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Sisonke Msimang

Ode to an unimportant man

- and to many other poor people who die at the hands of criminals and who are too unimportant to warrant commentary.

Swaziland: Trouble waiting to happen

The political climate in the Southern African Development Community has been balmy of late.

My father the ‘sex pest’

A few weeks ago, the woman who had falsely accused my father, Mavuso ­Msimang, of sexually harassing her almost two years ago withdrew her case against him. It was a hollow victory. The withdrawal per se was an anticlimax. As a family, we were hoping the case would go to court, so that we could get justice, in addition to peace.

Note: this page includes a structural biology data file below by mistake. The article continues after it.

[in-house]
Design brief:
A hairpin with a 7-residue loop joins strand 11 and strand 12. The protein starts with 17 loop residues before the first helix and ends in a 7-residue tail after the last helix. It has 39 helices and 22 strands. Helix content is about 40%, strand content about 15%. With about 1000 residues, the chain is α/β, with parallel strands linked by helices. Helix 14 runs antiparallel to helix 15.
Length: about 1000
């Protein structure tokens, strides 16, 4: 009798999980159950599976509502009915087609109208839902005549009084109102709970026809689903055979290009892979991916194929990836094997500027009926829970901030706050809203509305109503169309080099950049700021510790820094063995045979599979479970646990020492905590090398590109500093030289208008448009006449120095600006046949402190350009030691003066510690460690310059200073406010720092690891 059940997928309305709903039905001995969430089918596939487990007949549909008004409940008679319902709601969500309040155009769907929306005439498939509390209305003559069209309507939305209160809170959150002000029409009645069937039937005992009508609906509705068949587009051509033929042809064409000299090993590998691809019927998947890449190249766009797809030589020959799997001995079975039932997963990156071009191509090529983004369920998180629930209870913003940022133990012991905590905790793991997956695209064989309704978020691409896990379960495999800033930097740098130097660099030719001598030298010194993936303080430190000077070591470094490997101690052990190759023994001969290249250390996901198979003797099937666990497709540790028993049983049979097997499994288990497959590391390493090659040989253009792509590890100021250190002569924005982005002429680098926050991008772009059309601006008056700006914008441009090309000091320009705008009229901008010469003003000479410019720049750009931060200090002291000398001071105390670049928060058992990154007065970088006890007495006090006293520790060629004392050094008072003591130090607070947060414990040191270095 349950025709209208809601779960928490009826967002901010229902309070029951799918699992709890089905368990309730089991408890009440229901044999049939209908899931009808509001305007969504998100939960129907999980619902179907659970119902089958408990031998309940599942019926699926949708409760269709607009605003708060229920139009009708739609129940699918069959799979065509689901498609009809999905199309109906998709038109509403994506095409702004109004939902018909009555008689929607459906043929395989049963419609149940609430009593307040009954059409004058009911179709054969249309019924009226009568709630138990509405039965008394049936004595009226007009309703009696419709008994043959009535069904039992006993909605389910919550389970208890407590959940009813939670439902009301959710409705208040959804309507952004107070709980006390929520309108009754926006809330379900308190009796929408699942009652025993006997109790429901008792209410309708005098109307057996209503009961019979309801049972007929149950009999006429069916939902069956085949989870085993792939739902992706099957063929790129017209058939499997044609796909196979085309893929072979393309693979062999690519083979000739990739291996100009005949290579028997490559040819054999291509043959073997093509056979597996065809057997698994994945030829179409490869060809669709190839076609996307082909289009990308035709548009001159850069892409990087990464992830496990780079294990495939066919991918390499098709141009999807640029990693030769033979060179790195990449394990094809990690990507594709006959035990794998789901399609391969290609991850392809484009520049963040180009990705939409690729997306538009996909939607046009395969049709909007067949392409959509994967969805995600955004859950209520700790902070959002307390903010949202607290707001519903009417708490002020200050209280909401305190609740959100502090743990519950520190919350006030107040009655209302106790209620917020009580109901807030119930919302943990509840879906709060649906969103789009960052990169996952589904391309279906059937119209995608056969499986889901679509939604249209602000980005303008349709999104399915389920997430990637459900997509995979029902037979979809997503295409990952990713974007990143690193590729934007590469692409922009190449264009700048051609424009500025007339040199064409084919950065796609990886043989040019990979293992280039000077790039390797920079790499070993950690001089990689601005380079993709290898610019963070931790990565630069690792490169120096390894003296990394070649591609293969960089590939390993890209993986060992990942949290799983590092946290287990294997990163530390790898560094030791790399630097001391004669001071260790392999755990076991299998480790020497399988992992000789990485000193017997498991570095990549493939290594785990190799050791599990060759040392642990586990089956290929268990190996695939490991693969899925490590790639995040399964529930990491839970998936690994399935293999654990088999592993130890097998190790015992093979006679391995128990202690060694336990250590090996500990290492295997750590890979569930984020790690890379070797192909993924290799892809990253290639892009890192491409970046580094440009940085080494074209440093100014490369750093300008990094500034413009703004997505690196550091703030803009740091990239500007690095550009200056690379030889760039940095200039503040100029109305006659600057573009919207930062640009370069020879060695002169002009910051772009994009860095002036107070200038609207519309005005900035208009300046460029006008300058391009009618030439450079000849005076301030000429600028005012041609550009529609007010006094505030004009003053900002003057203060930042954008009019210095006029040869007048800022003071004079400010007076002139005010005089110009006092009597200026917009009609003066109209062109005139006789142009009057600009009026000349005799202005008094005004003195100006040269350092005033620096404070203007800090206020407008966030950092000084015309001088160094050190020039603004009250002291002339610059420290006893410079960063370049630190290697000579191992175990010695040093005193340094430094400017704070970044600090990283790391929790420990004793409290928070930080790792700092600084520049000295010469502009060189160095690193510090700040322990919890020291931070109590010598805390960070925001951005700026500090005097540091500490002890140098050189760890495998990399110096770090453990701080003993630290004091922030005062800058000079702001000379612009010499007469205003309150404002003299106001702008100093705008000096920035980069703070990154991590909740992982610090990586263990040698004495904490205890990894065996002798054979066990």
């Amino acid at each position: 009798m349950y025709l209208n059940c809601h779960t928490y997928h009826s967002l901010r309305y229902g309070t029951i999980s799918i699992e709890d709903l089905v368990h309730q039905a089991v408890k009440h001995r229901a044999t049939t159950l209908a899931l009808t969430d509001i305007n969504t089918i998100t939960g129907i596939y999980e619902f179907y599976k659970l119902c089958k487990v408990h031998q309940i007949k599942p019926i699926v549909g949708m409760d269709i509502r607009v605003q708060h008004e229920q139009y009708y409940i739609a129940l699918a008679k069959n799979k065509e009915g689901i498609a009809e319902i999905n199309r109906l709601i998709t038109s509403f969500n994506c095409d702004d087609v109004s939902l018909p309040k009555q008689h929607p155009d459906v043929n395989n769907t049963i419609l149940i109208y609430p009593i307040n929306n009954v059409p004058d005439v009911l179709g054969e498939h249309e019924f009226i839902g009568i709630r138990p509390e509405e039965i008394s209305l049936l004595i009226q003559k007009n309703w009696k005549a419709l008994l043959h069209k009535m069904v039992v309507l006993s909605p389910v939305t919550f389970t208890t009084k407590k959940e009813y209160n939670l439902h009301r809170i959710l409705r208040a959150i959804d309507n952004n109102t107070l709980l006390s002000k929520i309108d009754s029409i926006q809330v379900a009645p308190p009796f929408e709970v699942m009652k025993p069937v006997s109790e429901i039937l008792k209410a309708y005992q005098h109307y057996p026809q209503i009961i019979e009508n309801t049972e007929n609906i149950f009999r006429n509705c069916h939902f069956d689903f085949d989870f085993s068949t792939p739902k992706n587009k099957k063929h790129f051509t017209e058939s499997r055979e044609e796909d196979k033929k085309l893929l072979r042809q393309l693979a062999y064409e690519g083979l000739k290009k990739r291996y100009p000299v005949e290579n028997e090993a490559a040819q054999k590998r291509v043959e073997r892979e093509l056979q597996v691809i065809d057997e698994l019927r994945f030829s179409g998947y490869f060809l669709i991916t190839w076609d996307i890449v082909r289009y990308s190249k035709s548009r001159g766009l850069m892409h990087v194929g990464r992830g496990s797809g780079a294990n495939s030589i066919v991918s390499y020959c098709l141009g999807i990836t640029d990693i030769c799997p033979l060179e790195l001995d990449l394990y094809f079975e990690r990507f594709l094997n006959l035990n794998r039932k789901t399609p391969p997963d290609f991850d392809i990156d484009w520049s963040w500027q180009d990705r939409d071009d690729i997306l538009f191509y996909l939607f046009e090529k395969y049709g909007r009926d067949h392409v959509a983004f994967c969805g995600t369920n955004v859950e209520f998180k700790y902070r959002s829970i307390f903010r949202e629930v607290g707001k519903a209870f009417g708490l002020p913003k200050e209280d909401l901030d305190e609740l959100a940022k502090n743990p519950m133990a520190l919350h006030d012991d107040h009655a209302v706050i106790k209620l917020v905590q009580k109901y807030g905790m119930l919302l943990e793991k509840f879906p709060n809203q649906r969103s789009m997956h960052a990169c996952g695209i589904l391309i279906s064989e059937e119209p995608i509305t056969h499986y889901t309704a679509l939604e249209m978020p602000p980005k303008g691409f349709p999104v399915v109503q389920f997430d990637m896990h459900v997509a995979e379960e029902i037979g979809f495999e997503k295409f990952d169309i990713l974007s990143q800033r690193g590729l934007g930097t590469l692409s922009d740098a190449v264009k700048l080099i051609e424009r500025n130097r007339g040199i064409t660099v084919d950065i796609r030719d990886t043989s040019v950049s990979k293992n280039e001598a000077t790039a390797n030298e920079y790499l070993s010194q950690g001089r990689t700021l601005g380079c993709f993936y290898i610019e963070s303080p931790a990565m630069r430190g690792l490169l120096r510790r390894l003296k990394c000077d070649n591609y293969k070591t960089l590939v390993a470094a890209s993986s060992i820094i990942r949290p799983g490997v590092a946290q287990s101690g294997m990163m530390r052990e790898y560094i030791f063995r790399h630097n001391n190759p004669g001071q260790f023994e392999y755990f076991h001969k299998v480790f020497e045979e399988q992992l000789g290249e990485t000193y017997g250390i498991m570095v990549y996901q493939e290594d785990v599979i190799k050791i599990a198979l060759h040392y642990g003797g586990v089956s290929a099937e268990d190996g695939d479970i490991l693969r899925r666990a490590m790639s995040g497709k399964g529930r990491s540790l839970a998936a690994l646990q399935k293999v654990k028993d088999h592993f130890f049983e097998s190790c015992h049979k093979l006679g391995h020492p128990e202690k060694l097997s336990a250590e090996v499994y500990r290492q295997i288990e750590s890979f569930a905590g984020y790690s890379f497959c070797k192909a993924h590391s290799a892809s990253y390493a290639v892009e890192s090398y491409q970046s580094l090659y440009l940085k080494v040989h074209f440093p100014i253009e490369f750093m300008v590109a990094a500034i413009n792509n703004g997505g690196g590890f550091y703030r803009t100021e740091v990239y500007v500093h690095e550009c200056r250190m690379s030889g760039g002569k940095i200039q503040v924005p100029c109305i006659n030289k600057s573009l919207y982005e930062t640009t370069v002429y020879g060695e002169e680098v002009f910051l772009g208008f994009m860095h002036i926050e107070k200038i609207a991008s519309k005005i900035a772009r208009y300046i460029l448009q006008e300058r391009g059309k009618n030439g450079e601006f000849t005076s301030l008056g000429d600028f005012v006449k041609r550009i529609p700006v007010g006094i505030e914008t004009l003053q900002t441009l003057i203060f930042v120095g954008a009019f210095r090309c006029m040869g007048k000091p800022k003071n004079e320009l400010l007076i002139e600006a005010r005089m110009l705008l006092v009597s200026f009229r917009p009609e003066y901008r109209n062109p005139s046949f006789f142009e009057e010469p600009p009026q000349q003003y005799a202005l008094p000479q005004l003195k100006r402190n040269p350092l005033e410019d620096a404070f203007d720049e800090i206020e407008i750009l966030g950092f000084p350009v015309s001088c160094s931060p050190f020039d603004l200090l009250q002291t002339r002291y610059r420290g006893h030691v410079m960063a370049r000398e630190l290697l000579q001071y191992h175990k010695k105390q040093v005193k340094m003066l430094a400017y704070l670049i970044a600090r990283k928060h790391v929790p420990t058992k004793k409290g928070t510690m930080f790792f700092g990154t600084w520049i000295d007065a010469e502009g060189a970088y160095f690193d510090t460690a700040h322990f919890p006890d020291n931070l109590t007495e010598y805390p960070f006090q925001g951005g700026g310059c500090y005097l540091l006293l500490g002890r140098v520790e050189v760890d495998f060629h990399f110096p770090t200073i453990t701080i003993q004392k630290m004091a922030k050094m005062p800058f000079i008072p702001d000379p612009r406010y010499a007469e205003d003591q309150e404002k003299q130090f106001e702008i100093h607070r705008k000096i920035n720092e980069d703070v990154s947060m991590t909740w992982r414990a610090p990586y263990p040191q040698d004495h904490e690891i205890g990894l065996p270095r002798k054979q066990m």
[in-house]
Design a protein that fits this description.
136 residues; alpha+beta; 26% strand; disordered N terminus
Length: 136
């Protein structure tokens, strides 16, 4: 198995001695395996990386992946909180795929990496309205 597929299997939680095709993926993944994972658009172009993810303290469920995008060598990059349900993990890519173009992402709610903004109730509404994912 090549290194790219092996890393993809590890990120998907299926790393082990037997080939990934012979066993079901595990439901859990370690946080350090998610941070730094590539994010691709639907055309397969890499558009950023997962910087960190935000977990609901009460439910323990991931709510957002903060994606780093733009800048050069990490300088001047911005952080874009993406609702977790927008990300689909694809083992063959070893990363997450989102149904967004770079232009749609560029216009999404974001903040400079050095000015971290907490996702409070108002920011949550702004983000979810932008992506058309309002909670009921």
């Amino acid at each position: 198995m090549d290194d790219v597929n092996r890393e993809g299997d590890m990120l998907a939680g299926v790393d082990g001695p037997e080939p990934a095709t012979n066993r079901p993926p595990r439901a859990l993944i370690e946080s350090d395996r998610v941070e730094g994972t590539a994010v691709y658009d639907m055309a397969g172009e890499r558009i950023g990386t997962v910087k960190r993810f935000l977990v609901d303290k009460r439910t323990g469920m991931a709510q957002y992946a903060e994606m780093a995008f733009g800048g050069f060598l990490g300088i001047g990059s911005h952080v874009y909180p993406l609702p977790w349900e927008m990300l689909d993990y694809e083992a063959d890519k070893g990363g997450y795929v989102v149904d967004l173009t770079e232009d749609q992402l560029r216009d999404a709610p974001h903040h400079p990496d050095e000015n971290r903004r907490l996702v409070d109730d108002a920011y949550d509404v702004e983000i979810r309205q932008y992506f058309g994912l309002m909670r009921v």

Cry from the barricades

''...The thing is, I am tired. I am tired because every day women's bodies are broken: thrown down stairs, set on fire, burnt with chemicals. I am tired because women's vaginas are considered dirty and those who like sex are treated with suspicion.'' In an open letter to President Thabo Mbeki, gender activist Sisonke Msimang pleads for an end to the denial of women's fundamental rights.

Facing the future

In 1976 we were toddlers. Although both of us are black and female, our lives were profoundly different then. When freedom came in 1994, one of us was a 21-year-old studying in the United States. The other — age 19 — stood in a long, laughter-filled queue under a brilliant April sky in Natal. Promise Mthembu and Sisonke Msimang reflect on the young people who changed the face of history, and the state of the youth today.

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